Back at the Porthmadog terminal the static tank wagon for Purple Moose Brewery is a colourful backdrop to the station scene and may offer a close encounter with a passing Arriva Trains Wales on the Cambrian line. A visit to the WHHR remains an entertaining interlude within its parameters, aided by the splendid bookshop with its many attractive new titles for sale.
On 13 August, 150 236 departs from Shrewsbury as the 16:18 to Cardiff Central via the Heart of Wales line (Richard Putley). The semaphore signal was installed in 2010 when it was decided to bring Platform 3 in to more regular use, and allows passenger trains to depart to the south, a move which was previously controlled by a ground signal, meaning only trains without passengers were allowed to pass. In practice it sees little use, and appears not to lift by quite the standard angle.
On 8 August a working from Bury (East Lancashire Railway) to Lydney is seen passing the foot crossing off Queens Drive Nantwich, with West Coast Railways 57 315 towing 31 466 and 73 001 returning the two Dean Forest Diesel Association engines from the East Lancashire Railway back to the Dean Forest Railway.
73 001, formerly E6001, built in 1962 is of historic interest as the the national rail network's first (?) 'bi-mode' traction unit - a concept which has recently become popular in Government circles as a way to avoid the expense of extending the electrification of main lines Both pictures: Robert Meredith.
On 13 August, The diverted 10:03 from Crewe to Holyhead passes Cuddington on the Mid-Cheshire line, worked by 221 106, still sporting its 'Festival No.6' vinyls. The choice of unit for this role was no coincidence! Virgin is the 'official travel partner for the fourth year running of the festival, which takes place at Portmeirion on the Cambrian Coast - home of the cult TV series 'The Prisoner' who was referred to throughout as 'Number 6' . See the Virgin website for details of the advance fares to Bangor for the Festival, which takes place this year from 7 to 10 September.
On 12 August, a Big Dog eyes up our reporter Greg Mape as 'Daisy' makes her way into Berwyn station, Llangollen Railway during the Day Out with Thomas event.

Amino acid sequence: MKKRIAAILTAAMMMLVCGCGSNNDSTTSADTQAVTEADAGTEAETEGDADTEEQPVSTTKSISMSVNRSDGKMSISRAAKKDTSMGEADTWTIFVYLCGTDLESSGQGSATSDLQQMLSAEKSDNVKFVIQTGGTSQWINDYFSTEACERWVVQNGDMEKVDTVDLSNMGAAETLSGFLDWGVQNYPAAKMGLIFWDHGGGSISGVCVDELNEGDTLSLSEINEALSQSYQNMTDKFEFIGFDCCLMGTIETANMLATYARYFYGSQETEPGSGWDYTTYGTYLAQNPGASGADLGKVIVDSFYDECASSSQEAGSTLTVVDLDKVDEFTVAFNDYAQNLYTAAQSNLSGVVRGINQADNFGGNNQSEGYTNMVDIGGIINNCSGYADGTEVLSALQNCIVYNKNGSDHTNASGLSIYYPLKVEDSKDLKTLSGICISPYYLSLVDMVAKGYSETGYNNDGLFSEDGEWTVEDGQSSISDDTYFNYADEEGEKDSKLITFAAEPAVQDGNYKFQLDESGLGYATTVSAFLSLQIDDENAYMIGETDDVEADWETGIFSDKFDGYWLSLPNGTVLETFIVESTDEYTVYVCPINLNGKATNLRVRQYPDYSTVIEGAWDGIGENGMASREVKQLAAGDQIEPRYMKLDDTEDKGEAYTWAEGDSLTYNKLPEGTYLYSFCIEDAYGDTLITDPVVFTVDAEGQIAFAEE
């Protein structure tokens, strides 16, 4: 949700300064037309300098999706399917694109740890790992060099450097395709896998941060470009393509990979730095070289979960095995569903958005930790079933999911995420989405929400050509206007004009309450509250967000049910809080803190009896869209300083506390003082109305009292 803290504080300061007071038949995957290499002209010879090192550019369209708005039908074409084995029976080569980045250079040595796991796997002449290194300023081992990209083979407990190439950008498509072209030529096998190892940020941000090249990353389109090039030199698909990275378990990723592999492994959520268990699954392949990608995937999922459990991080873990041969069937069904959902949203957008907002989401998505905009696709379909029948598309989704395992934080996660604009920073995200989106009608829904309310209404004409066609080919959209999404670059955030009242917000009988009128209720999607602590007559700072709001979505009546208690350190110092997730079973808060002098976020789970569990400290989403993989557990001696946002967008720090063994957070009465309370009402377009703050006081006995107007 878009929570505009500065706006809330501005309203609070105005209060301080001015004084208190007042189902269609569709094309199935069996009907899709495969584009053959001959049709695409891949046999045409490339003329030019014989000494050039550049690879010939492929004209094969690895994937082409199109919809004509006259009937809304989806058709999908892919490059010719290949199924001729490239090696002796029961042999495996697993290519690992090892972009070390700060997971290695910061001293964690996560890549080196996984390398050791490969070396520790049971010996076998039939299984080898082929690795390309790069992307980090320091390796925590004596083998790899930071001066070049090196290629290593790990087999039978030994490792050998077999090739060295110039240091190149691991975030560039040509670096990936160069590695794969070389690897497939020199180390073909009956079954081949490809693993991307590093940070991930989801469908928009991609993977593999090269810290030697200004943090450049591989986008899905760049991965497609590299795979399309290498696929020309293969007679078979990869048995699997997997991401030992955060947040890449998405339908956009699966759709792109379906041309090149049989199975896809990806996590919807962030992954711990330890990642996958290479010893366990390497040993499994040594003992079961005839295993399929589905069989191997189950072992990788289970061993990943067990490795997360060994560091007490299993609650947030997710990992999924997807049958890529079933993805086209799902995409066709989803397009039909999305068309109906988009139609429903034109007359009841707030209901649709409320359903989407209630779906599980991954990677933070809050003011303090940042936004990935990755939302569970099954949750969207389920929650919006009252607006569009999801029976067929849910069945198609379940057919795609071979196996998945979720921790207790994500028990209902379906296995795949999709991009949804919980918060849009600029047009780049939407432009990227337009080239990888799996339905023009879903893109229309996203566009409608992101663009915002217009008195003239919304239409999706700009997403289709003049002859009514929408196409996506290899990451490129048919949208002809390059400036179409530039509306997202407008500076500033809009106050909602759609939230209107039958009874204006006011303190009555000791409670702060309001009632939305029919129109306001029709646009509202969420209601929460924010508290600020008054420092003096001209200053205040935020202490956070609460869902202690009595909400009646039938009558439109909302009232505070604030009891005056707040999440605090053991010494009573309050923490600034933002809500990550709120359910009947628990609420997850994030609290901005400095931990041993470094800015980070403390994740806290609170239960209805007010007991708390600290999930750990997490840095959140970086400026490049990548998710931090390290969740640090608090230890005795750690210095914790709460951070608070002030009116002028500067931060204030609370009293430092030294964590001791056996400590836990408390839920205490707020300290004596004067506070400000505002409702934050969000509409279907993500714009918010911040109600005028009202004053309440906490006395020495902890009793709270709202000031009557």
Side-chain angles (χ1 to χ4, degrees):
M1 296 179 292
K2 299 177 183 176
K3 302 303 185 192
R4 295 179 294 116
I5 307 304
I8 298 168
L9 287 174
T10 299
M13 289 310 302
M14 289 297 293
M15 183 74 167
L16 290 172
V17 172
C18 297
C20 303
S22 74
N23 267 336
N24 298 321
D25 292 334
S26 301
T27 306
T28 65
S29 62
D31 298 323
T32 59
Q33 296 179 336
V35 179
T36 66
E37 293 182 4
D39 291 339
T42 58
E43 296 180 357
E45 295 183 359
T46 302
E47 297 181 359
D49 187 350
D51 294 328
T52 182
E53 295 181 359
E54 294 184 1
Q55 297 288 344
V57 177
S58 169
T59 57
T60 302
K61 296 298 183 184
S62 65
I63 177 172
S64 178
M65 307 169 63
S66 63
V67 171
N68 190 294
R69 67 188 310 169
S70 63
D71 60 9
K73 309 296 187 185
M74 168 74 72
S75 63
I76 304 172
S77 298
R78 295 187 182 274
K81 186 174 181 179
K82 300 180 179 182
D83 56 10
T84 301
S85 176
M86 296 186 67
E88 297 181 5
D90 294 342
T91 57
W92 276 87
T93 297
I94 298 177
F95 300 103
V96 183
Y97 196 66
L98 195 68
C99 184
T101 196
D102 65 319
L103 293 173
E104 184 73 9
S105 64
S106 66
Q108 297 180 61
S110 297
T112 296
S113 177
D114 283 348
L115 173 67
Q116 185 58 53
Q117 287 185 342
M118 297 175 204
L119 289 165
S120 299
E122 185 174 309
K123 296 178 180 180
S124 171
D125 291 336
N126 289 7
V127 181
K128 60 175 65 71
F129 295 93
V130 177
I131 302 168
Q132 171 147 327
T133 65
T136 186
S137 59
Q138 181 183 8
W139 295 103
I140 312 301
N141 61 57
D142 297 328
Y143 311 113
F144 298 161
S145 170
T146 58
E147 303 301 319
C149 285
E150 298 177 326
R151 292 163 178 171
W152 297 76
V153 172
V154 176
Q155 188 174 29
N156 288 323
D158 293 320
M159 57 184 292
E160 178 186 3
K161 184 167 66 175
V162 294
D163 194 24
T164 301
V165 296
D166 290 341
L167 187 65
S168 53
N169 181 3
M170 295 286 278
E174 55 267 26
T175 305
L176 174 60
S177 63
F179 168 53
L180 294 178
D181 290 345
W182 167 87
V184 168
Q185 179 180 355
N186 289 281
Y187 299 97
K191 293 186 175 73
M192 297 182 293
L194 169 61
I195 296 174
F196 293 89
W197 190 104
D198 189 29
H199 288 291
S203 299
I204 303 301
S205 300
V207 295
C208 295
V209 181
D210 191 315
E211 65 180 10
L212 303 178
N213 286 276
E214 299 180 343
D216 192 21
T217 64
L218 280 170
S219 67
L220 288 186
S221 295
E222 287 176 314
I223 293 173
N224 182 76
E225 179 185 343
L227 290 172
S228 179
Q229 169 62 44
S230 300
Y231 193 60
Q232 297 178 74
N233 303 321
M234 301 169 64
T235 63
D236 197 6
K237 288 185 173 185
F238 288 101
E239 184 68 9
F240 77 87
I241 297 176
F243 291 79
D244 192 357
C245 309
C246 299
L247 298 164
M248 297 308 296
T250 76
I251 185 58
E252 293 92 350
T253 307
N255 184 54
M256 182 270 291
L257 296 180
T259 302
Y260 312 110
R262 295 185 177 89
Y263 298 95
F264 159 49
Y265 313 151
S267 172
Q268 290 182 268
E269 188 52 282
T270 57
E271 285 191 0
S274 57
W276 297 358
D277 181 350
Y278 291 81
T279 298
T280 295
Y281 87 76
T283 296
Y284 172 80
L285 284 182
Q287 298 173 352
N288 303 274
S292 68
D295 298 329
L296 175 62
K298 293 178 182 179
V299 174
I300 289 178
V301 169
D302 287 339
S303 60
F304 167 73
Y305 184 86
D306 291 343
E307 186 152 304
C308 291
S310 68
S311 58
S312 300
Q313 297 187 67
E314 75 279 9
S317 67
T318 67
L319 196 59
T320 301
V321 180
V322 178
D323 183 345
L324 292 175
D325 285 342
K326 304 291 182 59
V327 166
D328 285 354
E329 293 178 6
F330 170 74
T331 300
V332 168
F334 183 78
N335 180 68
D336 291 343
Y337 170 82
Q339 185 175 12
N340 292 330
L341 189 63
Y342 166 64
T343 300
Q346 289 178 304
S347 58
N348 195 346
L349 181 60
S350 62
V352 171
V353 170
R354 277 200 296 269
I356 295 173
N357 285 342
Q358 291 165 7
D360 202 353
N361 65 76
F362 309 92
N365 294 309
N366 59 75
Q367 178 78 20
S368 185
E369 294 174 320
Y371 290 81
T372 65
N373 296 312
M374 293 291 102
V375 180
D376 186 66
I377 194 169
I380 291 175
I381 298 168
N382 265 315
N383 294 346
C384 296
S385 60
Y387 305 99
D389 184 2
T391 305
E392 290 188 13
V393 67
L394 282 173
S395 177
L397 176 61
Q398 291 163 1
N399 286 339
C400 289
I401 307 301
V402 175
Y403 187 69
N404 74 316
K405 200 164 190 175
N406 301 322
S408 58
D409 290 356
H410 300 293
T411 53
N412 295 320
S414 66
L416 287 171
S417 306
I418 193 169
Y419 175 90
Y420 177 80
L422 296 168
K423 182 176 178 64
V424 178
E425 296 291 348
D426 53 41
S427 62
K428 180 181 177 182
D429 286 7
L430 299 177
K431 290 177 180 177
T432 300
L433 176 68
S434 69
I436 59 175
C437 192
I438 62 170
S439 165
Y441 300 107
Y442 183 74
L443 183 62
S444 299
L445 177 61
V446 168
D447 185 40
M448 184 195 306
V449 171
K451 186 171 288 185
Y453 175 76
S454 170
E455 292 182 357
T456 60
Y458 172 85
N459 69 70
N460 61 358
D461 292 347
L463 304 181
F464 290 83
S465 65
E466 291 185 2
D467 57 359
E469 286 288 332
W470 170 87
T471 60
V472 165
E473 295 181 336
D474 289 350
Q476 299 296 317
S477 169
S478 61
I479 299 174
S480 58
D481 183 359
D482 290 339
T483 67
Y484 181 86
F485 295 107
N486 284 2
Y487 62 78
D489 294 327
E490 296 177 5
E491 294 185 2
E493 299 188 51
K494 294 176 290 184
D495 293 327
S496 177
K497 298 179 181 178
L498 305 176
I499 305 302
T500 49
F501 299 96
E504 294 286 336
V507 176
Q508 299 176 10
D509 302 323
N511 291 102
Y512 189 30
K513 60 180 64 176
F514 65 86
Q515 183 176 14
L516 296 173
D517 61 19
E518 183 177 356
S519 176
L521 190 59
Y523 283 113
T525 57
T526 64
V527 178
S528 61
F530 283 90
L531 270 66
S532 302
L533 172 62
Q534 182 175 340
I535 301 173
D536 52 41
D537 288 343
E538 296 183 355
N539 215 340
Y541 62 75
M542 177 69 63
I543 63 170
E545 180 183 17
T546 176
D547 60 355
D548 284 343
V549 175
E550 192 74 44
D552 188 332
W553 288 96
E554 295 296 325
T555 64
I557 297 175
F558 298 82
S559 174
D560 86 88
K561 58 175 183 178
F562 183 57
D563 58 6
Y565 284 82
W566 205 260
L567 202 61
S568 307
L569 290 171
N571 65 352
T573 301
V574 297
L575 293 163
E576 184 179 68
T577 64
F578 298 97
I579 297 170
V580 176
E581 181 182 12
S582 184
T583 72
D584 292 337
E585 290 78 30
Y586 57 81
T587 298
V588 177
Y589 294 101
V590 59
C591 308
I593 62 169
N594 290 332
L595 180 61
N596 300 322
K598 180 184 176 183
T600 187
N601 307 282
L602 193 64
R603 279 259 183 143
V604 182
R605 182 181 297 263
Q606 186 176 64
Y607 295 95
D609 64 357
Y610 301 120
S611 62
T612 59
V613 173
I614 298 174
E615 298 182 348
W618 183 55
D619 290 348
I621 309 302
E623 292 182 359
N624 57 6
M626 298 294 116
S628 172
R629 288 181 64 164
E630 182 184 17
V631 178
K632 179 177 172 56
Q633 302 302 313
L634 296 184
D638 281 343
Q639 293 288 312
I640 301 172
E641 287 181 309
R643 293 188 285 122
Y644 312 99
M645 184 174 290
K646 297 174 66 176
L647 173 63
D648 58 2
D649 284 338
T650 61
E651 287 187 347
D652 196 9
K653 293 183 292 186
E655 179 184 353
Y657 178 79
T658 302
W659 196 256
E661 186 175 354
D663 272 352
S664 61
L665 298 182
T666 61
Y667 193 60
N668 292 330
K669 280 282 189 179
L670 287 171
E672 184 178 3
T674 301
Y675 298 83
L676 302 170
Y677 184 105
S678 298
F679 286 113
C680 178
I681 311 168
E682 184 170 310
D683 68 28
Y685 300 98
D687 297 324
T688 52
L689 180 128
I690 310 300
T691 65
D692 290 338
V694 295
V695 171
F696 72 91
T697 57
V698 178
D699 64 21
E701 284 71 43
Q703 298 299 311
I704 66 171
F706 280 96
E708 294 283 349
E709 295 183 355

Stabled At Chester on 9 August, Network rail rebuilt Class 73s 73 952 Janis Kong and 73 951 Malcolm Brinded (Eurwyn McMahon). We believe they will be testing the electrical current in the 3rd Rail between Chester and Rock Ferry at some stage. Not the most inspired body design, one might opine.
70 on the Logs
The 11:59 6J37 Carlisle - Chirk log train has recently switched from Class 60 to Class 70 traction. 70 804 passes Chester locks on 8 August (Paul Shannon).
Heading for Chester on 9 August (Andrew Vinten).
Llanbedrog Tram survivor - report by Jim Ikin
Whilst on a day out on 11 August we happened on this horse drawn tram at Plas Glyn-y-Weddw at Llanbedrog. It is the only surviving horse-drawn tram of the Pwllheli and Llanbedrog 3’ gauge tramway, found on a farm in 1967 being used to store animal feed. The tramway was built from Pwllheli to Carreg y Defaid in 1894 by Solomon Andrews to carry stone to build the sea wall at Pwllheli. Much of the line was destroyed by a storm and rebuilt further inland at which time it also carried passengers.
The line was extended to Llanbedrog in 1898 when Solomon bought the mansion Plas Glyn-y-Weddw which can be visited to this day, just up from the beach. During a storm in 1927 the track was washed away between Carreg y Defaid and Pwllheli but the tram ran over a shorter route until the end of 1928. The carriage was completely rebuilt at Steamport, Southport in 1986.
Talyllyn and Corris scenes - by Martin Evans
Three narrow-gauge scenes from 8 August. Above, Talyllyn Railway No.7 Tom Rolt prepares to depart from Tywyn Wharf with the 11:40 service to Nant Gwernol.
Talyllyn Railway 2 Dolgoch arrives at Abergynolwyn with the 12:15 service from Tywyn Wharf.
Kerr-Stuart type loco 7 (Tattoo Class) prepares to depart Corris station with the late running 3pm service to Maesporth. [Our first-ever Corris Railway picture, we think.]
On the Gwili Railway
The Gwili Railway, which uses part of the former Aberystwyth to Carmarthen Railway, opened a new extension in July; Richard Putley visited on 8 August. Above, a view of the depot at Bronwtdd Arms station.
Rural scene at the northern terminus, Danycoed Halt. The locomotive is 71516, a War Department 0-6-0 saddle tank built in 1944 by Robert Stevensons and Hawthorns, works number 7170.
The new southern terminus at Abergwili Junction. Passengers cannot join or alight here: all journeys start from Bronwydd Arms.